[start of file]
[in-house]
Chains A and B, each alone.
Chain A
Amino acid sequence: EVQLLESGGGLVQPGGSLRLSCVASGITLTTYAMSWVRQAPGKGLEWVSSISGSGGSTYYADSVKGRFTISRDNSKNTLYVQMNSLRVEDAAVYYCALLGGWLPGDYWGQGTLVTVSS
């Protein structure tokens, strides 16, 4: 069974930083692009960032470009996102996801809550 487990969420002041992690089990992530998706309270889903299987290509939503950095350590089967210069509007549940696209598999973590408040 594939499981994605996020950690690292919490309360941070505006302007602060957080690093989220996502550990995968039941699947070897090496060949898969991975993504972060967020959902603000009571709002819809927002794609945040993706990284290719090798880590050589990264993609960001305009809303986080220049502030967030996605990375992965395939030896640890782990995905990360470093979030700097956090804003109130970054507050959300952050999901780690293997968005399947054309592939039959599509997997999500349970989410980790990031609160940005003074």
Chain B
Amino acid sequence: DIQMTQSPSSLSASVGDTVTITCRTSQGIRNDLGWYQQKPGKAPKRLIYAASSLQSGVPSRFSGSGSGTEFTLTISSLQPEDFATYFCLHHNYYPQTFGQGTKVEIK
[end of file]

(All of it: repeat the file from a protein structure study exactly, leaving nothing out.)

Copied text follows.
[in-house]
Chains A and B, each alone.
Chain A
Amino acid sequence: EVQLLESGGGLVQPGGSLRLSCVASGITLTTYAMSWVRQAPGKGLEWVSSISGSGGSTYYADSVKGRFTISRDNSKNTLYVQMNSLRVEDAAVYYCALLGGWLPGDYWGQGTLVTVSS
């Protein structure tokens, strides 16, 4: 069974930083692009960032470009996102996801809550 487990969420002041992690089990992530998706309270889903299987290509939503950095350590089967210069509007549940696209598999973590408040 594939499981994605996020950690690292919490309360941070505006302007602060957080690093989220996502550990995968039941699947070897090496060949898969991975993504972060967020959902603000009571709002819809927002794609945040993706990284290719090798880590050589990264993609960001305009809303986080220049502030967030996605990375992965395939030896640890782990995905990360470093979030700097956090804003109130970054507050959300952050999901780690293997968005399947054309592939039959599509997997999500349970989410980790990031609160940005003074």
Chain B
Amino acid sequence: DIQMTQSPSSLSASVGDTVTITCRTSQGIRNDLGWYQQKPGKAPKRLIYAASSLQSGVPSRFSGSGSGTEFTLTISSLQPEDFATYFCLHHNYYPQTFGQGTKVEIK